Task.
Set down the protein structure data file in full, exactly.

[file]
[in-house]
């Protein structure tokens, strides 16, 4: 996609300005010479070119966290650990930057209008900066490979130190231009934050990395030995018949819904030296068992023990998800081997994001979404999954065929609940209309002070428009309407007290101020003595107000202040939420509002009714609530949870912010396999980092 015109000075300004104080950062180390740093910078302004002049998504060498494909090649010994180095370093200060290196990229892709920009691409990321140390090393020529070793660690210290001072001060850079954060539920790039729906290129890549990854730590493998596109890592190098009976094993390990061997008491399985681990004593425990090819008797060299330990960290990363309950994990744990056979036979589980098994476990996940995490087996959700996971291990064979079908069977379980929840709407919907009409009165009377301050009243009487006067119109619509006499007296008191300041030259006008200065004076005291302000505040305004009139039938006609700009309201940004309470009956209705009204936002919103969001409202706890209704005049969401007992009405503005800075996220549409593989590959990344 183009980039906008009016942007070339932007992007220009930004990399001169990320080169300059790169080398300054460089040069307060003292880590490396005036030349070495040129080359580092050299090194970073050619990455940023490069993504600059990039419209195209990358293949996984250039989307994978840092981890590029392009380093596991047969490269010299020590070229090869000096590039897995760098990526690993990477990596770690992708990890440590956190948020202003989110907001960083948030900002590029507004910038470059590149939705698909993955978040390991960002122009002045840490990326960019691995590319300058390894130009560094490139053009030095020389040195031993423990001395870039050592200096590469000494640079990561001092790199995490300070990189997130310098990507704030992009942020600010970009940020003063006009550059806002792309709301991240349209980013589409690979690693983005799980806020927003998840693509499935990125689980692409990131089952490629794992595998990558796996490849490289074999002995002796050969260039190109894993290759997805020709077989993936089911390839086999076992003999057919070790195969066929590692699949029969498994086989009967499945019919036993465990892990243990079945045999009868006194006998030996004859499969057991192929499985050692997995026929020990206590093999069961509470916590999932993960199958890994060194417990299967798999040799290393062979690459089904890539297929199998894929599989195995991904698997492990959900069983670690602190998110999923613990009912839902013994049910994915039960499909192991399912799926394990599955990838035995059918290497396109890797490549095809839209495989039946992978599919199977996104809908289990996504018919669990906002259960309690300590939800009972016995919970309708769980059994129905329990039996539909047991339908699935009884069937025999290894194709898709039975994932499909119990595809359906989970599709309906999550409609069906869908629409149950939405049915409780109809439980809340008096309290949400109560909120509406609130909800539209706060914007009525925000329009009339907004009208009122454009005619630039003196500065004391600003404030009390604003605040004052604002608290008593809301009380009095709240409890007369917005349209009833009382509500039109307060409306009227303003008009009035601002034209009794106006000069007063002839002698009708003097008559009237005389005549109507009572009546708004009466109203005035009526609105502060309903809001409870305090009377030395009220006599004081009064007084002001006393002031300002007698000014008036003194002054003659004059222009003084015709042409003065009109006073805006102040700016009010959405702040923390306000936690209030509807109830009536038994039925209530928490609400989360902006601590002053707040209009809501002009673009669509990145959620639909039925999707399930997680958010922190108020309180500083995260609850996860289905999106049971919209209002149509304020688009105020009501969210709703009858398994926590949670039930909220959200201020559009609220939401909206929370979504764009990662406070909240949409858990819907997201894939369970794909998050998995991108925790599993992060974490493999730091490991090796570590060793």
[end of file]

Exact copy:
[in-house]
């Protein structure tokens, strides 16, 4: 996609300005010479070119966290650990930057209008900066490979130190231009934050990395030995018949819904030296068992023990998800081997994001979404999954065929609940209309002070428009309407007290101020003595107000202040939420509002009714609530949870912010396999980092 015109000075300004104080950062180390740093910078302004002049998504060498494909090649010994180095370093200060290196990229892709920009691409990321140390090393020529070793660690210290001072001060850079954060539920790039729906290129890549990854730590493998596109890592190098009976094993390990061997008491399985681990004593425990090819008797060299330990960290990363309950994990744990056979036979589980098994476990996940995490087996959700996971291990064979079908069977379980929840709407919907009409009165009377301050009243009487006067119109619509006499007296008191300041030259006008200065004076005291302000505040305004009139039938006609700009309201940004309470009956209705009204936002919103969001409202706890209704005049969401007992009405503005800075996220549409593989590959990344 183009980039906008009016942007070339932007992007220009930004990399001169990320080169300059790169080398300054460089040069307060003292880590490396005036030349070495040129080359580092050299090194970073050619990455940023490069993504600059990039419209195209990358293949996984250039989307994978840092981890590029392009380093596991047969490269010299020590070229090869000096590039897995760098990526690993990477990596770690992708990890440590956190948020202003989110907001960083948030900002590029507004910038470059590149939705698909993955978040390991960002122009002045840490990326960019691995590319300058390894130009560094490139053009030095020389040195031993423990001395870039050592200096590469000494640079990561001092790199995490300070990189997130310098990507704030992009942020600010970009940020003063006009550059806002792309709301991240349209980013589409690979690693983005799980806020927003998840693509499935990125689980692409990131089952490629794992595998990558796996490849490289074999002995002796050969260039190109894993290759997805020709077989993936089911390839086999076992003999057919070790195969066929590692699949029969498994086989009967499945019919036993465990892990243990079945045999009868006194006998030996004859499969057991192929499985050692997995026929020990206590093999069961509470916590999932993960199958890994060194417990299967798999040799290393062979690459089904890539297929199998894929599989195995991904698997492990959900069983670690602190998110999923613990009912839902013994049910994915039960499909192991399912799926394990599955990838035995059918290497396109890797490549095809839209495989039946992978599919199977996104809908289990996504018919669990906002259960309690300590939800009972016995919970309708769980059994129905329990039996539909047991339908699935009884069937025999290894194709898709039975994932499909119990595809359906989970599709309906999550409609069906869908629409149950939405049915409780109809439980809340008096309290949400109560909120509406609130909800539209706060914007009525925000329009009339907004009208009122454009005619630039003196500065004391600003404030009390604003605040004052604002608290008593809301009380009095709240409890007369917005349209009833009382509500039109307060409306009227303003008009009035601002034209009794106006000069007063002839002698009708003097008559009237005389005549109507009572009546708004009466109203005035009526609105502060309903809001409870305090009377030395009220006599004081009064007084002001006393002031300002007698000014008036003194002054003659004059222009003084015709042409003065009109006073805006102040700016009010959405702040923390306000936690209030509807109830009536038994039925209530928490609400989360902006601590002053707040209009809501002009673009669509990145959620639909039925999707399930997680958010922190108020309180500083995260609850996860289905999106049971919209209002149509304020688009105020009501969210709703009858398994926590949670039930909220959200201020559009609220939401909206929370979504764009990662406070909240949409858990819907997201894939369970794909998050998995991108925790599993992060974490493999730091490991090796570590060793």